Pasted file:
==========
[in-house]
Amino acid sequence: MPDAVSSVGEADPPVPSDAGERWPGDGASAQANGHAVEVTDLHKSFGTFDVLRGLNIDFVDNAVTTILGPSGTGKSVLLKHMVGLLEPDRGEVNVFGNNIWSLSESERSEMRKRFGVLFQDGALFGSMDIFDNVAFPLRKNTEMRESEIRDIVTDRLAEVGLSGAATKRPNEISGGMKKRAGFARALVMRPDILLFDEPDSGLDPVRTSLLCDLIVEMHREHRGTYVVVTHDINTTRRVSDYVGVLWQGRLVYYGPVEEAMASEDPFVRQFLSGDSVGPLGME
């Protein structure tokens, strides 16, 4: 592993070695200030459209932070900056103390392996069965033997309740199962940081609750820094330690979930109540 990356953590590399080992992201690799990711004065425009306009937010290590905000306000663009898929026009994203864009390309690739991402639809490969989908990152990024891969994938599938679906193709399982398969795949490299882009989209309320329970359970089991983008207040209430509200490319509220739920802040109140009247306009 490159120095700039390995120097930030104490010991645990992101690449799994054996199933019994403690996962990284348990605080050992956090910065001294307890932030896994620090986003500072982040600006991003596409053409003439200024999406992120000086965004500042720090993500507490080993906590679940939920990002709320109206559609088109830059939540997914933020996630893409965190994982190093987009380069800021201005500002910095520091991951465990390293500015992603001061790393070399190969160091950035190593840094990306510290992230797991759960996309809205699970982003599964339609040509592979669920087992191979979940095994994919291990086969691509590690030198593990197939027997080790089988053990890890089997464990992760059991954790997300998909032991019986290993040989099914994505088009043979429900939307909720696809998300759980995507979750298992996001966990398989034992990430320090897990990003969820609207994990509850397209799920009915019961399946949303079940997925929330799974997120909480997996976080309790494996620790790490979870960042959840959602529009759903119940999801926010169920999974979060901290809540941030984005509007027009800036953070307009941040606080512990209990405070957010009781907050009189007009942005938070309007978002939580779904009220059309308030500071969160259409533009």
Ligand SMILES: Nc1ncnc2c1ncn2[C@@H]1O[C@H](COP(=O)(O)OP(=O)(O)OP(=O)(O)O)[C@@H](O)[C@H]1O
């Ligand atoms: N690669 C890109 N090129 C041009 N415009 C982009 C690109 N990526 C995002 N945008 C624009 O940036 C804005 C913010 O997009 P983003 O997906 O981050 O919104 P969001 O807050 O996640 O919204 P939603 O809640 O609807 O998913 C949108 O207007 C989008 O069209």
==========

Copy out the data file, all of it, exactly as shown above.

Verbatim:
[in-house]
Amino acid sequence: MPDAVSSVGEADPPVPSDAGERWPGDGASAQANGHAVEVTDLHKSFGTFDVLRGLNIDFVDNAVTTILGPSGTGKSVLLKHMVGLLEPDRGEVNVFGNNIWSLSESERSEMRKRFGVLFQDGALFGSMDIFDNVAFPLRKNTEMRESEIRDIVTDRLAEVGLSGAATKRPNEISGGMKKRAGFARALVMRPDILLFDEPDSGLDPVRTSLLCDLIVEMHREHRGTYVVVTHDINTTRRVSDYVGVLWQGRLVYYGPVEEAMASEDPFVRQFLSGDSVGPLGME
């Protein structure tokens, strides 16, 4: 592993070695200030459209932070900056103390392996069965033997309740199962940081609750820094330690979930109540 990356953590590399080992992201690799990711004065425009306009937010290590905000306000663009898929026009994203864009390309690739991402639809490969989908990152990024891969994938599938679906193709399982398969795949490299882009989209309320329970359970089991983008207040209430509200490319509220739920802040109140009247306009 490159120095700039390995120097930030104490010991645990992101690449799994054996199933019994403690996962990284348990605080050992956090910065001294307890932030896994620090986003500072982040600006991003596409053409003439200024999406992120000086965004500042720090993500507490080993906590679940939920990002709320109206559609088109830059939540997914933020996630893409965190994982190093987009380069800021201005500002910095520091991951465990390293500015992603001061790393070399190969160091950035190593840094990306510290992230797991759960996309809205699970982003599964339609040509592979669920087992191979979940095994994919291990086969691509590690030198593990197939027997080790089988053990890890089997464990992760059991954790997300998909032991019986290993040989099914994505088009043979429900939307909720696809998300759980995507979750298992996001966990398989034992990430320090897990990003969820609207994990509850397209799920009915019961399946949303079940997925929330799974997120909480997996976080309790494996620790790490979870960042959840959602529009759903119940999801926010169920999974979060901290809540941030984005509007027009800036953070307009941040606080512990209990405070957010009781907050009189007009942005938070309007978002939580779904009220059309308030500071969160259409533009």
Ligand SMILES: Nc1ncnc2c1ncn2[C@@H]1O[C@H](COP(=O)(O)OP(=O)(O)OP(=O)(O)O)[C@@H](O)[C@H]1O
């Ligand atoms: N690669 C890109 N090129 C041009 N415009 C982009 C690109 N990526 C995002 N945008 C624009 O940036 C804005 C913010 O997009 P983003 O997906 O981050 O919104 P969001 O807050 O996640 O919204 P939603 O809640 O609807 O998913 C949108 O207007 C989008 O069209």